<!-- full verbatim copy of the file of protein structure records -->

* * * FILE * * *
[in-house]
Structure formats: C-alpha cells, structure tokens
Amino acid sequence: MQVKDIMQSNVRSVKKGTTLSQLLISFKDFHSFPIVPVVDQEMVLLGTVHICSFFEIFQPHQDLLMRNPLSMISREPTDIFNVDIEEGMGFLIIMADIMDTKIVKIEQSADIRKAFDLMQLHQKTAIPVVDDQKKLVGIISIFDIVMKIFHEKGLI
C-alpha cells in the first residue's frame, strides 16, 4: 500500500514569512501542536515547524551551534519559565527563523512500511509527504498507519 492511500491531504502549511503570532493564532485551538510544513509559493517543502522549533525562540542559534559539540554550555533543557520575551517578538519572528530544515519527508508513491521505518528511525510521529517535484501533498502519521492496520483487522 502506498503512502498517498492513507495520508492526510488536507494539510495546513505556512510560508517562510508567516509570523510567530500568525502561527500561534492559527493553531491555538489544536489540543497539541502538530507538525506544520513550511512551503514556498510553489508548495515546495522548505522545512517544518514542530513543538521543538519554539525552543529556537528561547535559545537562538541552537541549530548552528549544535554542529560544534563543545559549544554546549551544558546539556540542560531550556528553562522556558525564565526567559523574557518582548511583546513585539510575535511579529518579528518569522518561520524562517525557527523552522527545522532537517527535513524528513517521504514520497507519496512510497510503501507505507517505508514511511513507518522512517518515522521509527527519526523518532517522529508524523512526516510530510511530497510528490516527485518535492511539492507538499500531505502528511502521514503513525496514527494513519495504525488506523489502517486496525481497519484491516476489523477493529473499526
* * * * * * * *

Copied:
[in-house]
Structure formats: C-alpha cells, structure tokens
Amino acid sequence: MQVKDIMQSNVRSVKKGTTLSQLLISFKDFHSFPIVPVVDQEMVLLGTVHICSFFEIFQPHQDLLMRNPLSMISREPTDIFNVDIEEGMGFLIIMADIMDTKIVKIEQSADIRKAFDLMQLHQKTAIPVVDDQKKLVGIISIFDIVMKIFHEKGLI
C-alpha cells in the first residue's frame, strides 16, 4: 500500500514569512501542536515547524551551534519559565527563523512500511509527504498507519 492511500491531504502549511503570532493564532485551538510544513509559493517543502522549533525562540542559534559539540554550555533543557520575551517578538519572528530544515519527508508513491521505518528511525510521529517535484501533498502519521492496520483487522 502506498503512502498517498492513507495520508492526510488536507494539510495546513505556512510560508517562510508567516509570523510567530500568525502561527500561534492559527493553531491555538489544536489540543497539541502538530507538525506544520513550511512551503514556498510553489508548495515546495522548505522545512517544518514542530513543538521543538519554539525552543529556537528561547535559545537562538541552537541549530548552528549544535554542529560544534563543545559549544554546549551544558546539556540542560531550556528553562522556558525564565526567559523574557518582548511583546513585539510575535511579529518579528518569522518561520524562517525557527523552522527545522532537517527535513524528513517521504514520497507519496512510497510503501507505507517505508514511511513507518522512517518515522521509527527519526523518532517522529508524523512526516510530510511530497510528490516527485518535492511539492507538499500531505502528511502521514503513525496514527494513519495504525488506523489502517486496525481497519484491516476489523477493529473499526